COVID-19 metrics, including new cases, hospitalizations and deaths, have been declining rapidly for several consecutive weeks since Jan. 12. There are likely several reasons contributing to this welcome phenomenon, including the end of the holiday travel season, the deployment of tens of millions of vaccine doses, and the natural end of a very large spike in cases that lasted from September to January.
One thing different about this spike, compared to the previous two spikes in the spring and then early summer, is the rate of decline. For instance, as of this writing, hospitalizations have dropped by 60% in under six weeks. By contrast, the summer spike took approximately 10 weeks to reach a nadir in September that was 50% of its peak.
This may be a hint that we are approaching herd immunity. According to at least one prominent medical professional, Dr. Marty Makary, we will have achieved herd immunity by April. By Makary’s calculation and estimation, approximately 55% of Americans have been infected with COVID-19. Combine that figure with the 19.9% of American adults who, according to the Centers for Disease Control and Prevention, have received at least one dose of the vaccine, and that adds up to roughly 7 in 10 American adults having at least some level of immunity to the virus.
The immunity rate required for herd immunity depends on the viral reproduction rate; the more infectious the virus is, the higher the necessary percentage of people with immunity. The most pessimistic estimates of SARS-CoV-2’s infectiousness would require a herd immunity rate of 80%, which, based on Makary’s estimates, should be achievable soon.
But not everyone is so bullish about reopening. In a recent interview with Fox News’ Bret Baier, Dr. Anthony Fauci, director of the National Institute of Allergy and Infectious Diseases and President Biden’s chief medical adviser on COVID-19, said it was conceivable that virus mitigation measures could be pulled back by late fall of this year.
That’s a lot of hedging for a fairly conservative prediction. Much of it boils down to uncertainty. Understandably, the culture in public health tends to err on the side of caution. When it comes to the public’s welfare, it takes some white-knuckle policymaking to trust ordinary people with their own health. Nobody wants to be the one responsible for relaxing a measure that, if followed, would have prevented the next death.
So, while Makary’s estimates are extrapolations that reasonably assume a large number of infections go unreported, it is not surprising that many public health officials see things differently. And, indeed, based on laboratory-confirmed cases, only 8.7% of the American population has tested positive for COVID. Even combining this percentage of confirmed cases with the share of Americans vaccinated means that fewer than 1 in 5 Americans has any kind of immunity. The waters are further muddied by the fact that we still don’t fully understand how much immunity those who have recovered from COVID-19 actually have.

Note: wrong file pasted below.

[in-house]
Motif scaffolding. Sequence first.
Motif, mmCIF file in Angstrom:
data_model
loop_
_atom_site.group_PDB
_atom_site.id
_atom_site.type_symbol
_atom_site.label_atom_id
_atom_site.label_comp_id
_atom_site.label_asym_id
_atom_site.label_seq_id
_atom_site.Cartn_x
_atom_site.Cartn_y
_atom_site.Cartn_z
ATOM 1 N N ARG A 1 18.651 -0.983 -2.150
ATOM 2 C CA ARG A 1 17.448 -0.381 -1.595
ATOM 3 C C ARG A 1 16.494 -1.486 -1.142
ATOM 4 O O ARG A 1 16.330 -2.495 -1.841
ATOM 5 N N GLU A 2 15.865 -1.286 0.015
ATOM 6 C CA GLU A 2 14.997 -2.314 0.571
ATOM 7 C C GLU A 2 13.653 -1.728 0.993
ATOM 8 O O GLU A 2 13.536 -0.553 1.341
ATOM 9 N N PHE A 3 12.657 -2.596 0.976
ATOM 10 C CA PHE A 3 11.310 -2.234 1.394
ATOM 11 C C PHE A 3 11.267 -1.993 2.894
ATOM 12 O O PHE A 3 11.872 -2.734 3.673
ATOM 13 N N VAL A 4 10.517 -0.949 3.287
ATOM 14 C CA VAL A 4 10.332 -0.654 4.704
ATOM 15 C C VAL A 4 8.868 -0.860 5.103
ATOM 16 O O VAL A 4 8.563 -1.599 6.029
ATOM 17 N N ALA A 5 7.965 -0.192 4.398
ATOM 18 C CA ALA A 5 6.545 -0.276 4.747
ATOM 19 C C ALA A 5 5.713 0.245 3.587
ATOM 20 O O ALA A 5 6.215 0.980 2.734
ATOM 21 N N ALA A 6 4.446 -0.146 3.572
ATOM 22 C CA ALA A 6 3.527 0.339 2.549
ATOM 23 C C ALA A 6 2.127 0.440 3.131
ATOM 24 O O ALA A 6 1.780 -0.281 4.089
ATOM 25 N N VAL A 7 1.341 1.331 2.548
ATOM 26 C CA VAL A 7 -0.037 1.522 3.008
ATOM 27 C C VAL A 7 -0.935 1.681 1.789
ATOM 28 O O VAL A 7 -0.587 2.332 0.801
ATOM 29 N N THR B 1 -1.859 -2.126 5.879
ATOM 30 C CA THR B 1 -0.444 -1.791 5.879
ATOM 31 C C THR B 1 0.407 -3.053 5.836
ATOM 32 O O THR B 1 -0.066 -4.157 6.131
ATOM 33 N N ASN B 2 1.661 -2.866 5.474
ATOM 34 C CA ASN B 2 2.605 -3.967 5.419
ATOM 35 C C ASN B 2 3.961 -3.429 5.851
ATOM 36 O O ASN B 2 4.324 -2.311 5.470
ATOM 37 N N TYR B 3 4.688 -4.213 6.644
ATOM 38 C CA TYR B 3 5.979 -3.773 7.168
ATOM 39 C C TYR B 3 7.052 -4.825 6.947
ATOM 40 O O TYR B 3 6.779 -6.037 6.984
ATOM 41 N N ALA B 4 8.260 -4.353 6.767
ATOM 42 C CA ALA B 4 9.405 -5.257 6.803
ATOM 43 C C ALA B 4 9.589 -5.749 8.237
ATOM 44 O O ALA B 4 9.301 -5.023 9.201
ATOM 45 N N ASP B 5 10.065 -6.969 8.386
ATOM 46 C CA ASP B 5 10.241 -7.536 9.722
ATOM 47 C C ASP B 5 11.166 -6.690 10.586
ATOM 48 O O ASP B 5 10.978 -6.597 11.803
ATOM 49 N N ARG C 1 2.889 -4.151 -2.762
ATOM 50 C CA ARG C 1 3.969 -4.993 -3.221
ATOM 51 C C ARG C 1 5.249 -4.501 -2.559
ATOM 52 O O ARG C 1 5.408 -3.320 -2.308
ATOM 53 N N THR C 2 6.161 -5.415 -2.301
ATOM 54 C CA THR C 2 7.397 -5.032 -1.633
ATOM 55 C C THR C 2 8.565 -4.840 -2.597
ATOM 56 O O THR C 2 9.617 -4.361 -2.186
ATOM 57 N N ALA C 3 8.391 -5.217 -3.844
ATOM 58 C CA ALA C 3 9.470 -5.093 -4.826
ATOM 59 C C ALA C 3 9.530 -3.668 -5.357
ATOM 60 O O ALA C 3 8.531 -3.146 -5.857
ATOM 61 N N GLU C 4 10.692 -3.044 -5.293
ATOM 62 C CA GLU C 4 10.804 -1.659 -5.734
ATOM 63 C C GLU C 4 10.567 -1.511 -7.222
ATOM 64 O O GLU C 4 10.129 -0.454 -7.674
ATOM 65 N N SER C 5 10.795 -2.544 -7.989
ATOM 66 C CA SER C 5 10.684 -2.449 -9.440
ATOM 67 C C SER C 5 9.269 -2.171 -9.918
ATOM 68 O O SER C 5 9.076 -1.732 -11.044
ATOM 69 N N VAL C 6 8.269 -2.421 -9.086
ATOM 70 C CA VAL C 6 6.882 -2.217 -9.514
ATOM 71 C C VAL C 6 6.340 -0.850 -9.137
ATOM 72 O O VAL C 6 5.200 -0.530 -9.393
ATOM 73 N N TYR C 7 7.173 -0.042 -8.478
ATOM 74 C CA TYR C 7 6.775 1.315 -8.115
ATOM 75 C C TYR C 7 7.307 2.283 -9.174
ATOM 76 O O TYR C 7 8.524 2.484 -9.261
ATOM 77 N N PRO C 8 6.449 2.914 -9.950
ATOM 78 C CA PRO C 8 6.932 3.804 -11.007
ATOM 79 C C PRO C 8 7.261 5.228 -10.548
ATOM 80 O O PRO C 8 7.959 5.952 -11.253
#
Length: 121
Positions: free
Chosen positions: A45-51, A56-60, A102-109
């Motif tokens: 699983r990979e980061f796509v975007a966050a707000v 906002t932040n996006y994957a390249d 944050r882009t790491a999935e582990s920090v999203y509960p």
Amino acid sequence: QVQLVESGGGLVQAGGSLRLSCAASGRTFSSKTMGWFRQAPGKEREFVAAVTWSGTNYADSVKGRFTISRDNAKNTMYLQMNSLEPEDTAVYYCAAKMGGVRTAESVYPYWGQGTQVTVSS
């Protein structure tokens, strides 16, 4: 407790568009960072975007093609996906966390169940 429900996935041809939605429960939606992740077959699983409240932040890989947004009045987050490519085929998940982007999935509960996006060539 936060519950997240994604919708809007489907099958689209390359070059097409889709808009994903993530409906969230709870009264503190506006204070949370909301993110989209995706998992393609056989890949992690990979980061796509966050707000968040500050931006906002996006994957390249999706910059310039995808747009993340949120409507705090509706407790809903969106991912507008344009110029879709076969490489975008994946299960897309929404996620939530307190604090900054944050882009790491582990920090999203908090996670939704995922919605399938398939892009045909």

For the public health officer having to make a decision, it is easier to rest on these numbers and facts and overly cautious safety measures than to rely on extrapolated optimism and the public’s good sense and wisdom. But this is not how good governance works. We know that infections have spread much further than what is suggested by laboratory confirmations, and we have clinical trials and national experiences that the vaccines are working. Furthermore, the precipitous drop in COVID-19 numbers aligns perfectly with what we know about the virus.
A scientist working on the basic virology of SARS-CoV-2, or an epidemiologist cataloguing the spread of the pandemic, may focus only on the virus and its impact, to the exclusion of all else. We may even compliment these researchers for their diligence. But when policymakers who enact laws and rules have this level of focus, it is called tunnel vision.
The reticence to relinquish pandemic precautions may come from a place of true concern for health, but the measures we have taken affect a much greater part of our lives than that which interacts with respiratory viruses, from the loss of so many livelihoods to the deterioration of our children’s mental health.
The virus is losing its grip on us. It is not gone yet, but the end of the pandemic may be near and it is time we take “yes” for an answer. To do otherwise is willful disregard of legitimate clinical knowledge won at a very dear price.